Some months ago a Pentagon study group, acting on personal instructions from Defense Secretary McNamara, tried to determine exactly how many tons of supplies per month were required by Communist forces in the south to continue fighting at their present force levels. McNamara was told that it was nine tons.
The study enabled him to stand fast last February in Honolulu, when South Vietnamese leaders demanded that U.S. raids on the north be stepped up in intensity and spread over larger target areas. It was then that authoritative stories were leaked saying that even if the raids were increased to four times their present level, they would have no major effect on the military situation in the south, and that stepped-up raids on oil and gas dumps could never cut the level of supply to the point where there would not be enough fuel to transport the minimum supplies needed to the south. Thus, although the bombing in the north can be related strategically to the guerrilla activity in the south, it is impossible to draw a tactical parallel. But that is just what the President did.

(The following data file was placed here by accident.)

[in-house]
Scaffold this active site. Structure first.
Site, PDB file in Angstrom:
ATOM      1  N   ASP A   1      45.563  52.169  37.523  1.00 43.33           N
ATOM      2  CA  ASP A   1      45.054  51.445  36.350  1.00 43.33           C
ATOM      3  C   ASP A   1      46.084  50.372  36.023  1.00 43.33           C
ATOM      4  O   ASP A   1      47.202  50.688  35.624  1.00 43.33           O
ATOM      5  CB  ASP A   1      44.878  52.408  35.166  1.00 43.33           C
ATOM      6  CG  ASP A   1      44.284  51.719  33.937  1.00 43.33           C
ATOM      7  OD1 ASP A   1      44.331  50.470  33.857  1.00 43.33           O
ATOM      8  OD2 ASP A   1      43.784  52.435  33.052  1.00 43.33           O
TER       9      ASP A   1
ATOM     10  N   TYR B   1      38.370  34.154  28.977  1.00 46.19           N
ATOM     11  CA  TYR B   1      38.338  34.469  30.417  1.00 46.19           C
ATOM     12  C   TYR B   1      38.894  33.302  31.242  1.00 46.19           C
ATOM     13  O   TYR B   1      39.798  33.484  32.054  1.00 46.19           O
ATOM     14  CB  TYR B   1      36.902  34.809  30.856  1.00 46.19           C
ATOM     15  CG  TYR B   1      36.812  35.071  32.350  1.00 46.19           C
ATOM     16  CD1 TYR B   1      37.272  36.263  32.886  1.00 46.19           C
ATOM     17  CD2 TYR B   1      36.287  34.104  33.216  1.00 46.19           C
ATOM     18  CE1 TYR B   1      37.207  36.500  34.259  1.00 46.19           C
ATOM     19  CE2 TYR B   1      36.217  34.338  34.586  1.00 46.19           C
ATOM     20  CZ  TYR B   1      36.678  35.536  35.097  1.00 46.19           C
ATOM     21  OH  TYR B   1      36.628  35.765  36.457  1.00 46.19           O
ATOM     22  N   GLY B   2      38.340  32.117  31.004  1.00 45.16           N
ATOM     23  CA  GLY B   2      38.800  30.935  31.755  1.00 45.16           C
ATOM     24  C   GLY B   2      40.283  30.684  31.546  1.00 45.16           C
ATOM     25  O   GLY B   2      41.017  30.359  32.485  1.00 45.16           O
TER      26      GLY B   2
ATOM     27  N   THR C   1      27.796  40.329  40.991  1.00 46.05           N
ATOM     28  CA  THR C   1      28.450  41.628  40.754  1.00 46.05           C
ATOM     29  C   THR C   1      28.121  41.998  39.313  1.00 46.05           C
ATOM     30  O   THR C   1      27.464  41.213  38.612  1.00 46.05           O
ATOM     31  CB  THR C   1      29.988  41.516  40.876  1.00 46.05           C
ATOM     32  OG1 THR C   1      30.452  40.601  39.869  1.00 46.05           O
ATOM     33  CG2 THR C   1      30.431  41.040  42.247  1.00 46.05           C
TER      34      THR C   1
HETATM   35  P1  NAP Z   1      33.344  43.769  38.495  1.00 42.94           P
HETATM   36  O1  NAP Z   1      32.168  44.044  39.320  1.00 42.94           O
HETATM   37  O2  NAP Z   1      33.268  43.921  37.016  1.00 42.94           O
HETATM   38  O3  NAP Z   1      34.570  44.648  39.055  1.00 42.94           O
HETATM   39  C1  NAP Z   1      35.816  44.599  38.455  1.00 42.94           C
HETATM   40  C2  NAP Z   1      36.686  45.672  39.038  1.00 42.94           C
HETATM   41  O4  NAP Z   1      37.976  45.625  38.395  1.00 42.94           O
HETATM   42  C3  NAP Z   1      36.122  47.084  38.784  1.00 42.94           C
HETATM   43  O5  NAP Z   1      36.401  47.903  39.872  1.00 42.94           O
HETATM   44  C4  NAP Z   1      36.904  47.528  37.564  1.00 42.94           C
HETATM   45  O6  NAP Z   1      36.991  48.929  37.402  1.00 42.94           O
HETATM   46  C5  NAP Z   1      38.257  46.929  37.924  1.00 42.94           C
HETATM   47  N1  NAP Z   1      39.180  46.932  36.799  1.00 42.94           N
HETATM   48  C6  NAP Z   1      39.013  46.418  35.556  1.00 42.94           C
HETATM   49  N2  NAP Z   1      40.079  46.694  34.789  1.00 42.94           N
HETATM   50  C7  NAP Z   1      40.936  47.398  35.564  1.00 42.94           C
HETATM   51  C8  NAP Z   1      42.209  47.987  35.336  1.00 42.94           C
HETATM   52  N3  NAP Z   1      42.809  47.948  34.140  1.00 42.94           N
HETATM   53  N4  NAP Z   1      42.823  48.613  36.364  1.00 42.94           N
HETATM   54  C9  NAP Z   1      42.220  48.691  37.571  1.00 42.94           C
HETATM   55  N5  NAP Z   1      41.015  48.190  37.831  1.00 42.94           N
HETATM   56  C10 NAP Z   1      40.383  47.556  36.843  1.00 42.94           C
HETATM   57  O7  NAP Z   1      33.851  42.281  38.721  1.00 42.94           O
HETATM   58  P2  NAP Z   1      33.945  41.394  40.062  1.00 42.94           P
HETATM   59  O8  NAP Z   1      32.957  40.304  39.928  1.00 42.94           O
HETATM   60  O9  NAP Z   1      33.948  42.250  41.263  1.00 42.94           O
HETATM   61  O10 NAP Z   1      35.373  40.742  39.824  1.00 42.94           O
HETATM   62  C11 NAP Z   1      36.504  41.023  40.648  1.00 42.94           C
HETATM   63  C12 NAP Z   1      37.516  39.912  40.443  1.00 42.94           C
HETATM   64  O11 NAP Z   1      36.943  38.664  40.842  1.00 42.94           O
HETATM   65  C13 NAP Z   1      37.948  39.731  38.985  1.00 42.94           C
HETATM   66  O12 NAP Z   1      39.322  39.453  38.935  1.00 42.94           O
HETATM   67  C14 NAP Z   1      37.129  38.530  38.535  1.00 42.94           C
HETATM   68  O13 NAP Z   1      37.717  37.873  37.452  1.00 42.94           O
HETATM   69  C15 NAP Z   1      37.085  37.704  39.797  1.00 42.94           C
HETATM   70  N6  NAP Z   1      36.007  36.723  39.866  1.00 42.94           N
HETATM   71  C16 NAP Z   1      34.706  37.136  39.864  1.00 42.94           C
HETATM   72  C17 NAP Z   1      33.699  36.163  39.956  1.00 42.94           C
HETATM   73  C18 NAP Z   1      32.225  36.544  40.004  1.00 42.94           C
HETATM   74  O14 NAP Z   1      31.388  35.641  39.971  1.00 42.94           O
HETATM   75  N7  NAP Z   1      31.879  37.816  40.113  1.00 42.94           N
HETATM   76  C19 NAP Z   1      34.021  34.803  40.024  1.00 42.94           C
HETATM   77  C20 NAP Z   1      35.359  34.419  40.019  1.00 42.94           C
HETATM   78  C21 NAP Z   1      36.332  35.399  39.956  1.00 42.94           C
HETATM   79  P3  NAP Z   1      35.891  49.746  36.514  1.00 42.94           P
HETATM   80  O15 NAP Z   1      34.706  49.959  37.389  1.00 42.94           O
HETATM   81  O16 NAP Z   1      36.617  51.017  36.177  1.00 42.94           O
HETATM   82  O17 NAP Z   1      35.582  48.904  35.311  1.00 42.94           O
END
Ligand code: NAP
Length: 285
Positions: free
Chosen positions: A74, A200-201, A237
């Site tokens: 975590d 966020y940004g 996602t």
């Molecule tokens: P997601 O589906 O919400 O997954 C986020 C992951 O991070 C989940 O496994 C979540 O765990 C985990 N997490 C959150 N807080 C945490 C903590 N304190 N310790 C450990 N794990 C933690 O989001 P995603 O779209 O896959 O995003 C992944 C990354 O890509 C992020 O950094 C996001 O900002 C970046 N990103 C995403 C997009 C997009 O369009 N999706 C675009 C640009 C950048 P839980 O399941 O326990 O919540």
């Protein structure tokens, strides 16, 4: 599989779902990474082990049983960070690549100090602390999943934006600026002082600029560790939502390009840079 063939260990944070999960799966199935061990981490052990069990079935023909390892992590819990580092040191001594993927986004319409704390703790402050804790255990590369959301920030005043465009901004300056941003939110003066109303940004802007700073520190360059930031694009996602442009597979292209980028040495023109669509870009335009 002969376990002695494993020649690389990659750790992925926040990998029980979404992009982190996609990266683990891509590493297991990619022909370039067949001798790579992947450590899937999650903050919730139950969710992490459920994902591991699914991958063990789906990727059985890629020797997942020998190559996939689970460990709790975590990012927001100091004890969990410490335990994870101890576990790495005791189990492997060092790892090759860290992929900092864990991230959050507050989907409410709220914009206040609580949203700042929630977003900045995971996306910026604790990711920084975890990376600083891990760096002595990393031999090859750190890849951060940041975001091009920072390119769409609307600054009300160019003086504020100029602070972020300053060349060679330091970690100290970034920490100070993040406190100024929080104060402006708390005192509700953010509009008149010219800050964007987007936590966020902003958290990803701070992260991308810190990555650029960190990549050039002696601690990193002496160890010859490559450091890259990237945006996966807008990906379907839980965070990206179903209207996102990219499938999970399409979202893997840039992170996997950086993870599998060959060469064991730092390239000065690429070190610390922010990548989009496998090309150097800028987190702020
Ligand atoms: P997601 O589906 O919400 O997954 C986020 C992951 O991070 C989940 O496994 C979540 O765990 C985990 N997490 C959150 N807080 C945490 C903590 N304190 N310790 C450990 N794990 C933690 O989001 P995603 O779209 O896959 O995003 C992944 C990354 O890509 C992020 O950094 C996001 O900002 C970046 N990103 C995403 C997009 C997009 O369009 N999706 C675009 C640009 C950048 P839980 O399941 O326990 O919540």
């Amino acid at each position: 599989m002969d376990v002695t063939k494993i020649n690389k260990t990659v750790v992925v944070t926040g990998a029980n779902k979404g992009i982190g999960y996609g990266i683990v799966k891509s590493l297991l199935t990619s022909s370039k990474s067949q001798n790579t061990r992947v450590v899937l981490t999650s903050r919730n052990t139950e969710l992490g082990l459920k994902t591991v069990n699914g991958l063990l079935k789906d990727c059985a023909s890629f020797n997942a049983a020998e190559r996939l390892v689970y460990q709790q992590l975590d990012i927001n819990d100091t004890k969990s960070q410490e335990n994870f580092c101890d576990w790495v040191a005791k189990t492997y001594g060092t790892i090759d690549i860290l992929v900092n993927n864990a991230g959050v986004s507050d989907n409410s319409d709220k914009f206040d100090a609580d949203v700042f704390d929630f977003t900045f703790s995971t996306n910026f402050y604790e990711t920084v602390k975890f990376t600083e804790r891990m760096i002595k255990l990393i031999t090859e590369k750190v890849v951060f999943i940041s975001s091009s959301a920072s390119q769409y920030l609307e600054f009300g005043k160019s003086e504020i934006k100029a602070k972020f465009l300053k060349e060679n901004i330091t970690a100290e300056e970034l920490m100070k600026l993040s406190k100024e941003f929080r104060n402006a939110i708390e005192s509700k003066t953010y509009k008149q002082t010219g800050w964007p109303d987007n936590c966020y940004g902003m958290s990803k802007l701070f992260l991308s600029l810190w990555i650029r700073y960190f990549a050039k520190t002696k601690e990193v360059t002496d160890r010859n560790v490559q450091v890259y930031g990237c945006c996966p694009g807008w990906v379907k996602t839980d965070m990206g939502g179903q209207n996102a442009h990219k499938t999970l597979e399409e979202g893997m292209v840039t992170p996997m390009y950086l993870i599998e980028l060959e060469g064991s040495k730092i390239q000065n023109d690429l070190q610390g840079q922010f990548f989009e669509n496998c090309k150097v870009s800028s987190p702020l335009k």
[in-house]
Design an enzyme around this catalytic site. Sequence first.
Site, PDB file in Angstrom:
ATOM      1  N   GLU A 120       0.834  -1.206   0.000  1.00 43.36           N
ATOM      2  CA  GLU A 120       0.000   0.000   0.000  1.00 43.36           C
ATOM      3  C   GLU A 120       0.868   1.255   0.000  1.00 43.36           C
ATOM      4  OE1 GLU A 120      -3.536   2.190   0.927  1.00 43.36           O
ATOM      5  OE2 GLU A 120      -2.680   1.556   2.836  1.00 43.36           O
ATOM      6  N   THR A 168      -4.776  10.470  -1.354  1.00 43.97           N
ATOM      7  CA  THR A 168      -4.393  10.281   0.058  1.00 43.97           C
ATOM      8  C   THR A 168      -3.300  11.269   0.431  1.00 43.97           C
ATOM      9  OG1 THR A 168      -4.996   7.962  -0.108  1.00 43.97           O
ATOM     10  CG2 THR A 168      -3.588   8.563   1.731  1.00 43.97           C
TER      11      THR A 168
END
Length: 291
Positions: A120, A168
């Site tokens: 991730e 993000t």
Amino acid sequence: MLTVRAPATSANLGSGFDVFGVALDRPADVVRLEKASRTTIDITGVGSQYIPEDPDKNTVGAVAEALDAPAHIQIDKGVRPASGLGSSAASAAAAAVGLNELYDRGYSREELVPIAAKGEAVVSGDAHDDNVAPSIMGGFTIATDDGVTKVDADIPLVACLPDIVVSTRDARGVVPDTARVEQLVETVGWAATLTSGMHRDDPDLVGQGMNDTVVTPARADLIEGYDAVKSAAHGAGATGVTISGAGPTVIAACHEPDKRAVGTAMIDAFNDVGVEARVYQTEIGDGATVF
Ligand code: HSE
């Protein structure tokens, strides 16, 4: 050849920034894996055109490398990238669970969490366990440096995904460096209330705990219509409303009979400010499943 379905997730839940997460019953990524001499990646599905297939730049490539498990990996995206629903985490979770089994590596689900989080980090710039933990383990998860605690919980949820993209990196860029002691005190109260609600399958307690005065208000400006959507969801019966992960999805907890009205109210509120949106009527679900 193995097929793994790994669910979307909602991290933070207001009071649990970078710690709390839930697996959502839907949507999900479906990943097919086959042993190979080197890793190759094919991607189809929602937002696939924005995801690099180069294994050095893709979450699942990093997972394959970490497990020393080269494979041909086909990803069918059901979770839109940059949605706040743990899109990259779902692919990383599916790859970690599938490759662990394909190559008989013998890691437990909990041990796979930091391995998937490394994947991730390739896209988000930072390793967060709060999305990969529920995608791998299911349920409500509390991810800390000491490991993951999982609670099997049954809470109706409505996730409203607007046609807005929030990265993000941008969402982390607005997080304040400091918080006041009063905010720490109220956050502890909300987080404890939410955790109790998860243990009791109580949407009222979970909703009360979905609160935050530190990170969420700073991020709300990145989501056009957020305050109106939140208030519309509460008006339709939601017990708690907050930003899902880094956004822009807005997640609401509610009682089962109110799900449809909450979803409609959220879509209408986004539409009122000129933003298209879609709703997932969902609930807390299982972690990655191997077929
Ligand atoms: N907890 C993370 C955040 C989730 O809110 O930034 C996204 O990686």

Straight in the eye
Bill Moyers, the White House press secretary, has said that Johnson much prefers the medium of television to get his messages and thoughts through to the American people. He said television is a “pure” medium which gives Johnson the chance to look the public straight in the eye, and which rules out the possibility of inaccurate interpretation.
No doubt this does represent the President’s view. But the fact is that he misuses the medium during his televised press conferences, for the audience he eyes is not “the public,” but the reporters seated in the room before him. There is an argumentative undertone to all these appearances — an aggressive defensiveness, as it were, a prevailing sarcasm which suggests that just once, in public, he would relish telling those who write about him what he thinks of them and their work. The script stays the same, even though the President sometimes thrashes around in search of a new format. He tries homey, FDR-style meetings around his desk, then East Room extravaganzas. But no magic format switch, none of his jumping from weeks of silent sulking to unexpected extroversion can hide the essential fact that the President and the press find each other incompatible.